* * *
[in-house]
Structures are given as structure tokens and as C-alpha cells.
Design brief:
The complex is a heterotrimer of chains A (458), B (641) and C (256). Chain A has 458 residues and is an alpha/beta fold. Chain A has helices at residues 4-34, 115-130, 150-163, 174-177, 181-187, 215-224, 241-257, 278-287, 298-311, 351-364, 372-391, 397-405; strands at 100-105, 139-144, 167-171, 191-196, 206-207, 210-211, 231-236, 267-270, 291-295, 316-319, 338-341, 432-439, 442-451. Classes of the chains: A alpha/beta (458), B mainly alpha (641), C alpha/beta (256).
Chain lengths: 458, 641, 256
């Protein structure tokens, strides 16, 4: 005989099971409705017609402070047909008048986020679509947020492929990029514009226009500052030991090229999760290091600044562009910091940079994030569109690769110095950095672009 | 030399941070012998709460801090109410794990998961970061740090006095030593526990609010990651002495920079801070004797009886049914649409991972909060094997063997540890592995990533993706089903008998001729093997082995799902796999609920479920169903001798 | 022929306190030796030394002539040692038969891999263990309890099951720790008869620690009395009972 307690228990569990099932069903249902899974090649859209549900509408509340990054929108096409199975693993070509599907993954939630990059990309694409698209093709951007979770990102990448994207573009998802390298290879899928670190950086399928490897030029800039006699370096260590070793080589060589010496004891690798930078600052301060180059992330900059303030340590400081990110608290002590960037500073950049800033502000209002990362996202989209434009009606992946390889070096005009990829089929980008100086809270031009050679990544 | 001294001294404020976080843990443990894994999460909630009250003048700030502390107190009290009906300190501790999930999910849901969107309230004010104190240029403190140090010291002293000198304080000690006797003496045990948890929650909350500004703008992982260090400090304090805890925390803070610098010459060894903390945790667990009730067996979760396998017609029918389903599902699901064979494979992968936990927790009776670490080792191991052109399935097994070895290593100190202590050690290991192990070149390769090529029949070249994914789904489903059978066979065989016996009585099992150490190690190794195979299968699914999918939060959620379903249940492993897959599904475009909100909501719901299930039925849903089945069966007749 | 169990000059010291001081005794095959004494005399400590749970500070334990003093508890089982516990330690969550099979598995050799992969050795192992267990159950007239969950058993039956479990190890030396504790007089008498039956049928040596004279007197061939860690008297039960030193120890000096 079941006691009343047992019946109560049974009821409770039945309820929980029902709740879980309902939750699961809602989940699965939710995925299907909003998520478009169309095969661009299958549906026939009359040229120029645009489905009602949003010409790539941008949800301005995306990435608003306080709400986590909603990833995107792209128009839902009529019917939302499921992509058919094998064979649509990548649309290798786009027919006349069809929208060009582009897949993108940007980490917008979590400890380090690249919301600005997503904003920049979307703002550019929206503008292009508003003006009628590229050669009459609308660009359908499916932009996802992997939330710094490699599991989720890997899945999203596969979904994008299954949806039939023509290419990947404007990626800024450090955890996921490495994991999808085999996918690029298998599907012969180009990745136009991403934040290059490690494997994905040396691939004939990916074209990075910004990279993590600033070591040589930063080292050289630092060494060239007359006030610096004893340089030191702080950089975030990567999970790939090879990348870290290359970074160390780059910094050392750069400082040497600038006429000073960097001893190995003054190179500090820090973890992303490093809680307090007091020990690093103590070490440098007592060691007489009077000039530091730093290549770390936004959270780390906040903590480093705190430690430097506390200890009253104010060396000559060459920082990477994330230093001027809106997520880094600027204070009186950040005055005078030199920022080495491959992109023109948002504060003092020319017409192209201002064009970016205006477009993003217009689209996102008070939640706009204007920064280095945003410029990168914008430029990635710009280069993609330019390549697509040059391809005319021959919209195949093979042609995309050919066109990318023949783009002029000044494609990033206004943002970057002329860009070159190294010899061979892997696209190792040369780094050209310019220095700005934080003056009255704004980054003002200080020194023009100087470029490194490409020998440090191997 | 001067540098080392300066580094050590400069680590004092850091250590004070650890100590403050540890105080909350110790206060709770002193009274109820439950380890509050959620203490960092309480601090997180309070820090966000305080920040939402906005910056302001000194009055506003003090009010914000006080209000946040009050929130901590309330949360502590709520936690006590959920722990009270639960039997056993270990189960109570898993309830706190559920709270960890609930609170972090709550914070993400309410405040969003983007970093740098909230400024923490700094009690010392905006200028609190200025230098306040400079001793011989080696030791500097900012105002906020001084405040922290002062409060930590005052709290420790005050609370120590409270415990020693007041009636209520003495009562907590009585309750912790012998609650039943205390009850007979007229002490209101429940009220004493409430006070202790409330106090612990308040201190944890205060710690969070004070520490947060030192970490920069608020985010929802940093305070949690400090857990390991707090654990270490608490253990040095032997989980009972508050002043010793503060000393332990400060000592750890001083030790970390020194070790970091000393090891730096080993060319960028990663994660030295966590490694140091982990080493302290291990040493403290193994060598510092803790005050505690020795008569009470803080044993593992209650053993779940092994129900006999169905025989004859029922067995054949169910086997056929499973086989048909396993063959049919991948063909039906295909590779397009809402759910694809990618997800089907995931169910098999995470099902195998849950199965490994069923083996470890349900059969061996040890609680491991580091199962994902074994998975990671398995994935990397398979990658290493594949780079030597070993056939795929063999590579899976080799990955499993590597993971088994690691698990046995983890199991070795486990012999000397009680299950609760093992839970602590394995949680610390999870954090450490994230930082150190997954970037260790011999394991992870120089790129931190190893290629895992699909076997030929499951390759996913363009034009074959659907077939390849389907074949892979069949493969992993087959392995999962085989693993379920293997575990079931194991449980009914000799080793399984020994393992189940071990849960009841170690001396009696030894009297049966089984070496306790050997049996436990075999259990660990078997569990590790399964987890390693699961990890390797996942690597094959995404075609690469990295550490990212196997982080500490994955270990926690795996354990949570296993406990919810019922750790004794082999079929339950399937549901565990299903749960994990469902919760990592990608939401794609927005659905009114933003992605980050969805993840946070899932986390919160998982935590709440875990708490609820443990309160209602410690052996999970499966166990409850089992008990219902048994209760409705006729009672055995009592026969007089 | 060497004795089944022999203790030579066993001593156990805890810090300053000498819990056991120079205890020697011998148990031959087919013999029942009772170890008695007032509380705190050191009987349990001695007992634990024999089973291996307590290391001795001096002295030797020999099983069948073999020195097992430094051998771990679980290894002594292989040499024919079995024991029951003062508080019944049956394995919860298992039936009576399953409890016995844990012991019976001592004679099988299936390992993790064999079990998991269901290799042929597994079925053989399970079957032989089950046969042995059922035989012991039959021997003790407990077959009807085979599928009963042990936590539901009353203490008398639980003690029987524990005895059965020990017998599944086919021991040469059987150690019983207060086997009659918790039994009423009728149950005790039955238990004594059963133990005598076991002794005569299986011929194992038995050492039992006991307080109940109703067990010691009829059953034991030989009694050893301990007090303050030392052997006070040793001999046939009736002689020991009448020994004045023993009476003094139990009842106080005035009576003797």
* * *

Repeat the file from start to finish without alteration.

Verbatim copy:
[in-house]
Structures are given as structure tokens and as C-alpha cells.
Design brief:
The complex is a heterotrimer of chains A (458), B (641) and C (256). Chain A has 458 residues and is an alpha/beta fold. Chain A has helices at residues 4-34, 115-130, 150-163, 174-177, 181-187, 215-224, 241-257, 278-287, 298-311, 351-364, 372-391, 397-405; strands at 100-105, 139-144, 167-171, 191-196, 206-207, 210-211, 231-236, 267-270, 291-295, 316-319, 338-341, 432-439, 442-451. Classes of the chains: A alpha/beta (458), B mainly alpha (641), C alpha/beta (256).
Chain lengths: 458, 641, 256
């Protein structure tokens, strides 16, 4: 005989099971409705017609402070047909008048986020679509947020492929990029514009226009500052030991090229999760290091600044562009910091940079994030569109690769110095950095672009 | 030399941070012998709460801090109410794990998961970061740090006095030593526990609010990651002495920079801070004797009886049914649409991972909060094997063997540890592995990533993706089903008998001729093997082995799902796999609920479920169903001798 | 022929306190030796030394002539040692038969891999263990309890099951720790008869620690009395009972 307690228990569990099932069903249902899974090649859209549900509408509340990054929108096409199975693993070509599907993954939630990059990309694409698209093709951007979770990102990448994207573009998802390298290879899928670190950086399928490897030029800039006699370096260590070793080589060589010496004891690798930078600052301060180059992330900059303030340590400081990110608290002590960037500073950049800033502000209002990362996202989209434009009606992946390889070096005009990829089929980008100086809270031009050679990544 | 001294001294404020976080843990443990894994999460909630009250003048700030502390107190009290009906300190501790999930999910849901969107309230004010104190240029403190140090010291002293000198304080000690006797003496045990948890929650909350500004703008992982260090400090304090805890925390803070610098010459060894903390945790667990009730067996979760396998017609029918389903599902699901064979494979992968936990927790009776670490080792191991052109399935097994070895290593100190202590050690290991192990070149390769090529029949070249994914789904489903059978066979065989016996009585099992150490190690190794195979299968699914999918939060959620379903249940492993897959599904475009909100909501719901299930039925849903089945069966007749 | 169990000059010291001081005794095959004494005399400590749970500070334990003093508890089982516990330690969550099979598995050799992969050795192992267990159950007239969950058993039956479990190890030396504790007089008498039956049928040596004279007197061939860690008297039960030193120890000096 079941006691009343047992019946109560049974009821409770039945309820929980029902709740879980309902939750699961809602989940699965939710995925299907909003998520478009169309095969661009299958549906026939009359040229120029645009489905009602949003010409790539941008949800301005995306990435608003306080709400986590909603990833995107792209128009839902009529019917939302499921992509058919094998064979649509990548649309290798786009027919006349069809929208060009582009897949993108940007980490917008979590400890380090690249919301600005997503904003920049979307703002550019929206503008292009508003003006009628590229050669009459609308660009359908499916932009996802992997939330710094490699599991989720890997899945999203596969979904994008299954949806039939023509290419990947404007990626800024450090955890996921490495994991999808085999996918690029298998599907012969180009990745136009991403934040290059490690494997994905040396691939004939990916074209990075910004990279993590600033070591040589930063080292050289630092060494060239007359006030610096004893340089030191702080950089975030990567999970790939090879990348870290290359970074160390780059910094050392750069400082040497600038006429000073960097001893190995003054190179500090820090973890992303490093809680307090007091020990690093103590070490440098007592060691007489009077000039530091730093290549770390936004959270780390906040903590480093705190430690430097506390200890009253104010060396000559060459920082990477994330230093001027809106997520880094600027204070009186950040005055005078030199920022080495491959992109023109948002504060003092020319017409192209201002064009970016205006477009993003217009689209996102008070939640706009204007920064280095945003410029990168914008430029990635710009280069993609330019390549697509040059391809005319021959919209195949093979042609995309050919066109990318023949783009002029000044494609990033206004943002970057002329860009070159190294010899061979892997696209190792040369780094050209310019220095700005934080003056009255704004980054003002200080020194023009100087470029490194490409020998440090191997 | 001067540098080392300066580094050590400069680590004092850091250590004070650890100590403050540890105080909350110790206060709770002193009274109820439950380890509050959620203490960092309480601090997180309070820090966000305080920040939402906005910056302001000194009055506003003090009010914000006080209000946040009050929130901590309330949360502590709520936690006590959920722990009270639960039997056993270990189960109570898993309830706190559920709270960890609930609170972090709550914070993400309410405040969003983007970093740098909230400024923490700094009690010392905006200028609190200025230098306040400079001793011989080696030791500097900012105002906020001084405040922290002062409060930590005052709290420790005050609370120590409270415990020693007041009636209520003495009562907590009585309750912790012998609650039943205390009850007979007229002490209101429940009220004493409430006070202790409330106090612990308040201190944890205060710690969070004070520490947060030192970490920069608020985010929802940093305070949690400090857990390991707090654990270490608490253990040095032997989980009972508050002043010793503060000393332990400060000592750890001083030790970390020194070790970091000393090891730096080993060319960028990663994660030295966590490694140091982990080493302290291990040493403290193994060598510092803790005050505690020795008569009470803080044993593992209650053993779940092994129900006999169905025989004859029922067995054949169910086997056929499973086989048909396993063959049919991948063909039906295909590779397009809402759910694809990618997800089907995931169910098999995470099902195998849950199965490994069923083996470890349900059969061996040890609680491991580091199962994902074994998975990671398995994935990397398979990658290493594949780079030597070993056939795929063999590579899976080799990955499993590597993971088994690691698990046995983890199991070795486990012999000397009680299950609760093992839970602590394995949680610390999870954090450490994230930082150190997954970037260790011999394991992870120089790129931190190893290629895992699909076997030929499951390759996913363009034009074959659907077939390849389907074949892979069949493969992993087959392995999962085989693993379920293997575990079931194991449980009914000799080793399984020994393992189940071990849960009841170690001396009696030894009297049966089984070496306790050997049996436990075999259990660990078997569990590790399964987890390693699961990890390797996942690597094959995404075609690469990295550490990212196997982080500490994955270990926690795996354990949570296993406990919810019922750790004794082999079929339950399937549901565990299903749960994990469902919760990592990608939401794609927005659905009114933003992605980050969805993840946070899932986390919160998982935590709440875990708490609820443990309160209602410690052996999970499966166990409850089992008990219902048994209760409705006729009672055995009592026969007089 | 060497004795089944022999203790030579066993001593156990805890810090300053000498819990056991120079205890020697011998148990031959087919013999029942009772170890008695007032509380705190050191009987349990001695007992634990024999089973291996307590290391001795001096002295030797020999099983069948073999020195097992430094051998771990679980290894002594292989040499024919079995024991029951003062508080019944049956394995919860298992039936009576399953409890016995844990012991019976001592004679099988299936390992993790064999079990998991269901290799042929597994079925053989399970079957032989089950046969042995059922035989012991039959021997003790407990077959009807085979599928009963042990936590539901009353203490008398639980003690029987524990005895059965020990017998599944086919021991040469059987150690019983207060086997009659918790039994009423009728149950005790039955238990004594059963133990005598076991002794005569299986011929194992038995050492039992006991307080109940109703067990010691009829059953034991030989009694050893301990007090303050030392052997006070040793001999046939009736002689020991009448020994004045023993009476003094139990009842106080005035009576003797």